Boats on Kerkennah island (left) and fisherman setting octopus traps.

When I ask Jamel for a good fresh fish restaurant, he responds "that's my home! My wife makes the best fish soup on the island and went already out to catch fresh clams this morning." So an unexpected gastronomical 3-course meal in Jamel and Henda's kitchen ensues, with a variety of super fresh fish, octopus, clams, and brik. At the end of the trip, Jamel will not accept more than US$25 for the whole day, including the tour of the island, the copious meal, and the impromptu visits with his many relatives and friends on the way!


After many kilometers of traveling in louages, encountering lots of incredibly hospitable people, and devouring too much amazing food, I am ready to hang up my travel skates for a while on the southern island of Djerba, where I divide my time between the kitchen of my hospitable landlady to learn the ropes of Djerban cuisine, and the countryside with its olive, almond, fig trees, and date palms, where shepherds in traditional burnous (hooded winter capes) herd their sheep.

Some curious sheep.
Some curious sheep.

Shepherd in Djerba.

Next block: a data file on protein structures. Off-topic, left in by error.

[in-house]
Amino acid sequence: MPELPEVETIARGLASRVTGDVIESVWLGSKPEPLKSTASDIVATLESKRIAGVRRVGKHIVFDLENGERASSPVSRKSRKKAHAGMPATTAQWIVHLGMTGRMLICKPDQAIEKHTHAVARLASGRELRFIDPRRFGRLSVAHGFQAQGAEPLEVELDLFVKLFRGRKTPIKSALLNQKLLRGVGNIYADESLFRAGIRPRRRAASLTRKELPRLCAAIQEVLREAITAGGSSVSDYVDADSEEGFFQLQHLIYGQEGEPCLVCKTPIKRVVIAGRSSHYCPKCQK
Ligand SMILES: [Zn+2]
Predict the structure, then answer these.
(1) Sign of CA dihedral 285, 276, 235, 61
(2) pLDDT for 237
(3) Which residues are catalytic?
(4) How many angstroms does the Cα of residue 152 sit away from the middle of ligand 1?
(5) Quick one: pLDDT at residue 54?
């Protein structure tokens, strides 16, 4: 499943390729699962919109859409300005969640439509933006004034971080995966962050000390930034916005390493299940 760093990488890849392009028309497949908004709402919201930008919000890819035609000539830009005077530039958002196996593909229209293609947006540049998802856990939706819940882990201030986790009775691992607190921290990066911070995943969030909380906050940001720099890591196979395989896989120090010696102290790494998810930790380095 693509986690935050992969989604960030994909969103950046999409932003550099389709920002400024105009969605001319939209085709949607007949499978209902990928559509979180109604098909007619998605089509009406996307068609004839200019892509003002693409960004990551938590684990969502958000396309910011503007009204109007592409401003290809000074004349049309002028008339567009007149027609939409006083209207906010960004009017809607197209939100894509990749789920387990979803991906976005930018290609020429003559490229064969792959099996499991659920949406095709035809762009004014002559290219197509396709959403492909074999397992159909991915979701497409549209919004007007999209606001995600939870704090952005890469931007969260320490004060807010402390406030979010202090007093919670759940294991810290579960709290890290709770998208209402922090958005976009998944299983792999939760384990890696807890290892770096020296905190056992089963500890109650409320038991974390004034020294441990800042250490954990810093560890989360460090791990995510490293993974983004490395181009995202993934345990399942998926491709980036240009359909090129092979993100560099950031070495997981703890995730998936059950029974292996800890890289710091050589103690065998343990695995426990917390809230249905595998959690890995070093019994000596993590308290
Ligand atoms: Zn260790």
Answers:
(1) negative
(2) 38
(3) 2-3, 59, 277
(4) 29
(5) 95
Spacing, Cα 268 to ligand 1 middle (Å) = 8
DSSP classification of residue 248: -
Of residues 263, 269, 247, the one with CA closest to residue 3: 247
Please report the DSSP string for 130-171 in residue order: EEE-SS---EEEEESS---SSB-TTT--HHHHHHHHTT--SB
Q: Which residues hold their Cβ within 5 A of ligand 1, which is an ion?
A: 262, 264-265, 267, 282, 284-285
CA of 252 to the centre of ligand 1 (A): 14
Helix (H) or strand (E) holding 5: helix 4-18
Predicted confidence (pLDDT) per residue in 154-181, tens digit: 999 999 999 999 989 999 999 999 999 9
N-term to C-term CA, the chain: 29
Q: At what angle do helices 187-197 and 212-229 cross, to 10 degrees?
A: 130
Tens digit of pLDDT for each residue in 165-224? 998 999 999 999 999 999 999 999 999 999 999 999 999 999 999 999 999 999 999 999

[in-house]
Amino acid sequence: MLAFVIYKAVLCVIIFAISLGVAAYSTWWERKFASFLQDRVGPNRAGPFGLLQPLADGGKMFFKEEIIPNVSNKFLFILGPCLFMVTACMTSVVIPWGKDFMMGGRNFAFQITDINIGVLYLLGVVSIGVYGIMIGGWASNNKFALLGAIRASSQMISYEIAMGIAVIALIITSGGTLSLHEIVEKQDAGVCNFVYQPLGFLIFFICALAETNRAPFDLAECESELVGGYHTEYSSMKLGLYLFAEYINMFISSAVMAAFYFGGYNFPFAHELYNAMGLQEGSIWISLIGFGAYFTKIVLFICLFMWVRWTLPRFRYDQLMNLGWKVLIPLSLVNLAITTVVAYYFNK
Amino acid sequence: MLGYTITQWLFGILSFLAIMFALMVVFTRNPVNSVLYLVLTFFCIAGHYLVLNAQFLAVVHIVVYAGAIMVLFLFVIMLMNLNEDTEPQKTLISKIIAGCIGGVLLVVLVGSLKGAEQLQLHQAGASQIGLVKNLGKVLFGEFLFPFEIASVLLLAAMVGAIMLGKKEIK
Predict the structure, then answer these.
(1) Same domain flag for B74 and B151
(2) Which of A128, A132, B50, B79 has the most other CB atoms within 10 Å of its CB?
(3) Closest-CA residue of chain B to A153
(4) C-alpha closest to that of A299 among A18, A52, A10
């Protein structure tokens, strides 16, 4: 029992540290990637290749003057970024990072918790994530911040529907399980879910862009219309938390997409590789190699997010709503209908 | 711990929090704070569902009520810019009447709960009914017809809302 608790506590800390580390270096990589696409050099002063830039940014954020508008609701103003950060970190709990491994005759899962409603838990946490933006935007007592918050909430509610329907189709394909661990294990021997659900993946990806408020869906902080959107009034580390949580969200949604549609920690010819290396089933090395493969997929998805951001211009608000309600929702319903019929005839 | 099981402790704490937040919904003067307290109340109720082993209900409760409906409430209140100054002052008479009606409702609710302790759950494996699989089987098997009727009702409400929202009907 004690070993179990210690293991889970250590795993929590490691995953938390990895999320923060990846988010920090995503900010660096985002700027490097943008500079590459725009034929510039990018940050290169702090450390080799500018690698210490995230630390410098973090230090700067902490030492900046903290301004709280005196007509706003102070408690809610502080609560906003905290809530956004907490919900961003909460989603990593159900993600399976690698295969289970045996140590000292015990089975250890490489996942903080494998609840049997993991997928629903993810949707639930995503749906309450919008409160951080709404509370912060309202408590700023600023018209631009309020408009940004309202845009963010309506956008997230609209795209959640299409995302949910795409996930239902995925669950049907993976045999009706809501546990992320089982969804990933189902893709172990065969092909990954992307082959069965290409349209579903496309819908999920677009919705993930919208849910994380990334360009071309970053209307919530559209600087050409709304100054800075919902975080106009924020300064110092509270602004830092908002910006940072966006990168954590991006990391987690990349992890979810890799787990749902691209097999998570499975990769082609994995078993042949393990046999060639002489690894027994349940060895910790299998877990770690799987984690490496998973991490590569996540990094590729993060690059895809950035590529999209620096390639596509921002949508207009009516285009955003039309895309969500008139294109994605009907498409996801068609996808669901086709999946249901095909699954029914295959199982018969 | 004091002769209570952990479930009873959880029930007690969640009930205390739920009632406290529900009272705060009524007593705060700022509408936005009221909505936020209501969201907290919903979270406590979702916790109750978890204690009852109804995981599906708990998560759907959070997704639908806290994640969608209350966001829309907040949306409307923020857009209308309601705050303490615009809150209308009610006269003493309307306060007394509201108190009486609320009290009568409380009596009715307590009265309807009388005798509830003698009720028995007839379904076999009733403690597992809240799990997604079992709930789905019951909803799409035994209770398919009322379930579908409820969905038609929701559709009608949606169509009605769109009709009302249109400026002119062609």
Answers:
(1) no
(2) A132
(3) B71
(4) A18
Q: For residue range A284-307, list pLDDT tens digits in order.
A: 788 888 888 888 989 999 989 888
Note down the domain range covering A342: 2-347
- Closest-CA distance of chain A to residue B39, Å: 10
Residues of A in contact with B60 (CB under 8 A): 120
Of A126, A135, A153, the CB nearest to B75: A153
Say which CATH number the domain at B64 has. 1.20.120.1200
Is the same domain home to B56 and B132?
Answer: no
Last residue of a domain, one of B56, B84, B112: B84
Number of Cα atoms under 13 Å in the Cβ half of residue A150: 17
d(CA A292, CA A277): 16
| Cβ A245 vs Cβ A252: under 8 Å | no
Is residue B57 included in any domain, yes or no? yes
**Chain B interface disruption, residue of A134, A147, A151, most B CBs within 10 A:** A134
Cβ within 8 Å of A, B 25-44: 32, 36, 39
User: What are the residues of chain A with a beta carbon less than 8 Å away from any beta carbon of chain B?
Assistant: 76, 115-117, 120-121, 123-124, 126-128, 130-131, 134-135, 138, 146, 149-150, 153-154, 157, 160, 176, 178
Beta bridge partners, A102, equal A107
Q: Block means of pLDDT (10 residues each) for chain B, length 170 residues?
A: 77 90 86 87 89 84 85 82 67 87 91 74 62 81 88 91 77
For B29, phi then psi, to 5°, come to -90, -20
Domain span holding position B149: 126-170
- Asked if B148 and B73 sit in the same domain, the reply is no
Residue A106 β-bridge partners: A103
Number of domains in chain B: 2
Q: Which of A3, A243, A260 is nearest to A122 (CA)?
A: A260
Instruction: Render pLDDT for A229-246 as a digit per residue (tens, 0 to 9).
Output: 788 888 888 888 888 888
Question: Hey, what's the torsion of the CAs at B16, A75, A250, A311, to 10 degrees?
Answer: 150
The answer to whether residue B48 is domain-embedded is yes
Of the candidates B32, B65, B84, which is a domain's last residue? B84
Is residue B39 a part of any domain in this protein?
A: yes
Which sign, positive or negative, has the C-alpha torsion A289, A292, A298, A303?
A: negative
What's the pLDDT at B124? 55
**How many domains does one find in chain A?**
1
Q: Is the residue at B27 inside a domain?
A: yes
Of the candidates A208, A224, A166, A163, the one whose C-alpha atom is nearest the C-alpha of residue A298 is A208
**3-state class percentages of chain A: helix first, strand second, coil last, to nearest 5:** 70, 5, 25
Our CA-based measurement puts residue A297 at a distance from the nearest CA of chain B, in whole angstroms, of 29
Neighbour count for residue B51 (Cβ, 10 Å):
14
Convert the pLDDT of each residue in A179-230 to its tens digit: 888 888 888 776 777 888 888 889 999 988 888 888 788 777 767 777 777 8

Proverbial Tunisian hospitality: a visit at the neighbors.
Proverbial Tunisian hospitality: a visit at the neighbors.

The soft, sweet, and moist dates of Tunisia, which grow in large bunches on palm trees all over the country, but particularly here in the South and in the nearby desert oases further West (the Deglet Nour cultivar of Jerid and Nefzaoua being considered the "queen of all dates"), have many nutritional benefits and have been the most reliable food source for desert nomads throughout the ages. There is a famous saying "the culprit who would destroy a flourishing palm, would murder 70 holy men."

Palm tree in Djerba, Tunisia. Dates from Djerba, Tunisia.
Palm tree and dates.

According to Homer's epic poem Odyssey, hero Ulysses, on his return to Greece from the Trojan war, had great difficulty getting his mates back to the ship after they had been visiting the seductive lotus eaters who inhabited the island of Meninx, nowadays called Djerba. After eating the lotus flower, the crew members reportedly became intoxicated and were put into a kind of sleepy stupor.

Although I cannot find any sign of the fabled lotus, I do stumble upon an intoxicating substance of another order: Boukha, an eau-de-vie derived from figs, and the amber-colored date palm liquor Thibarine, both served as an aperitif or after-dinner digestive and containing 36% and 40% alcohol respectively. Could that be one possible explanation for my own delay on this mythical island?

Eau de vie made from figs.
Eau de vie made from figs.

Lies Ouwerkerk is originally from Amsterdam, The Netherlands, and currently lives in Montreal, Canada. Previously a columnist for The Sherbrooke Record, she is presently a freelance writer and photographer for various travel magazines.